As he entered his home, when “he is about to clasp [his wife] he feels a stunning blow upon the back of the neck; a blinding white light blazes all about him with a sound like a shock of a cannon – then all is darkness and silence!” (459) Time has caught up to his imagination; the dream that he was manifesting of being in a surrounding that was liberating to his senses was stopped; the unfair reality of time caught up to him.
When the switch in fantasy to reality is made, Farquhar is hanged. The symbolism in his hanging represents his fight with time. It describes, “Peyton Farquhar was dead; his body, with a broken neck, swung gently from side to side beneath the timbers of the Owl Creek Bridge.” (459) His limp body can be compared to a pendulum swing. As he sways from one side to the other, time mocks him by ending his life with that simple movement. He tried to escape, and he would have done so if time was eternal in a human’s life. Yet, the actual hanging of Farquhar is not what Bierce really focuses on; he puts all his diction in describing the process the character goes through in order to escape from time.
In order for Bierce to demonstrate the difference between reality and fantasy, he chooses to do so in the fashion of explaining the last thoughts and dreams of a desperate, dying man. The purpose to this story is to trick the reader and the protagonist. He carries the reader to a possibility of freedom, and in this, the run from death. The journey the character finds himself in is quite a different one. The setting has changed, and time is ticking for Farquhar to end up being free. Bierce sets the reader up just to knock them down at the end.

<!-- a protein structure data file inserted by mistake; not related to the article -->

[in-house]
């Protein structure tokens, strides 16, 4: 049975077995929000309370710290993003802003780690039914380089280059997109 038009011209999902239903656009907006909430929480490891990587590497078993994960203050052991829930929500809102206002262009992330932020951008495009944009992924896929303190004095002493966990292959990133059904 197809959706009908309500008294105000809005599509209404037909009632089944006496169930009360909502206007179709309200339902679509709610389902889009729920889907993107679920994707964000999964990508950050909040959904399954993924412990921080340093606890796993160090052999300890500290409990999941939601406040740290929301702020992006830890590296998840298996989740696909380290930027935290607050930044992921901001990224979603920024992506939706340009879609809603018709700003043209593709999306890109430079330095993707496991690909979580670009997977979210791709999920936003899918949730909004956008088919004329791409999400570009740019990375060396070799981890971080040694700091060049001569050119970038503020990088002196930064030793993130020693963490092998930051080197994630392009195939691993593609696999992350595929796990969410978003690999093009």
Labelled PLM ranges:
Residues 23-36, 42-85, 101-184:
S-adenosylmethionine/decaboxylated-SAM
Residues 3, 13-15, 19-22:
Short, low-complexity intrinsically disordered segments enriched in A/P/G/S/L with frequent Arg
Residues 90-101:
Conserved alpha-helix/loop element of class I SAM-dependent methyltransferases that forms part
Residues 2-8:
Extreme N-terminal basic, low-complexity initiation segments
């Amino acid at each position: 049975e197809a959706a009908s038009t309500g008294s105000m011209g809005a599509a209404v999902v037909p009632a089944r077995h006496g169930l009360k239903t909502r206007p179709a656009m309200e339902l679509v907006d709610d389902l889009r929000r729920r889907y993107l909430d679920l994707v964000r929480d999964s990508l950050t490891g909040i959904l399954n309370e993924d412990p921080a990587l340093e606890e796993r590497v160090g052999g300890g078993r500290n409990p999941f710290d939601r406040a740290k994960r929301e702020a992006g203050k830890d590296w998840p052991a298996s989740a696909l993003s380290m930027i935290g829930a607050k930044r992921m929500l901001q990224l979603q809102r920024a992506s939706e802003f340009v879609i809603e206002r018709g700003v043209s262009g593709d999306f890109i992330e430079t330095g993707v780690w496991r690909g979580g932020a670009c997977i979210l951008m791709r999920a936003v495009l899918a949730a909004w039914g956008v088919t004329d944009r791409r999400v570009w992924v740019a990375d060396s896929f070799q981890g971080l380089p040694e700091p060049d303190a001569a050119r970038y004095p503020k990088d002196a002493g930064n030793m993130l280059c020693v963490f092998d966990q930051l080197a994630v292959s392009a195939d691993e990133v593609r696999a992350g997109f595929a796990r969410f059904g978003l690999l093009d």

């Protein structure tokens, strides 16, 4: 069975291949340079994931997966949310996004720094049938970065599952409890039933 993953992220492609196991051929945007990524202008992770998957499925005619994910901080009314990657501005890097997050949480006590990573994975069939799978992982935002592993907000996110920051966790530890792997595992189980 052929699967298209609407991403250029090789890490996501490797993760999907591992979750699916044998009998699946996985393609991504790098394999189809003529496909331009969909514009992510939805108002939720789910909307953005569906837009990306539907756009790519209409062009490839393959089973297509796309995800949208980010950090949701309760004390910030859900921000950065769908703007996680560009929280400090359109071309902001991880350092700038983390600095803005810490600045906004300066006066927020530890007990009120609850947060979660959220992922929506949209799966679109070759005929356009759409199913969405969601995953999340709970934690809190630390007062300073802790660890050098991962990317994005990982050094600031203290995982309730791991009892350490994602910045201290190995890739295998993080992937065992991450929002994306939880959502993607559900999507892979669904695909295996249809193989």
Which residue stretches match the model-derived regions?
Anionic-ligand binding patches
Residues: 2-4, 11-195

This tricky tone allows the descriptions of a dream-like world to evolve into a possible reality where Farquhar is placed in. “It looked like diamonds, rubies, emeralds; he could think of nothing beautiful which it did not resemble… He had no wish to perfect his escape – was content to remain in that enchanting spot until retaken.” (458) It fit him to be placed in such a world. He preferred to remain in the escape road he was led to, than to witness his own death. He ended up in a beautiful place, almost divine and dream-like; until time stops playing with him and literally snaps all his reason while being hung.
Humans struggle their whole lives just to be able to stay alive. Afraid of what may be hidden behind the veils of death, we tend to let imagination get to us by trying to develop another better life so that death is not as scary as it seems. For Peyton Farquhar, instead of dealing with the fact that he is about to die, his mind drifts away into a world where he is able to liberate himself from the strings that are wrapped around him as if the rope were the power of the soldiers choking him down, letting time take over. With the use of setting, symbolism and tone, Bierce was able to set the theme of the strong power that time has over death; that death will eventually come and that no one can escape from it.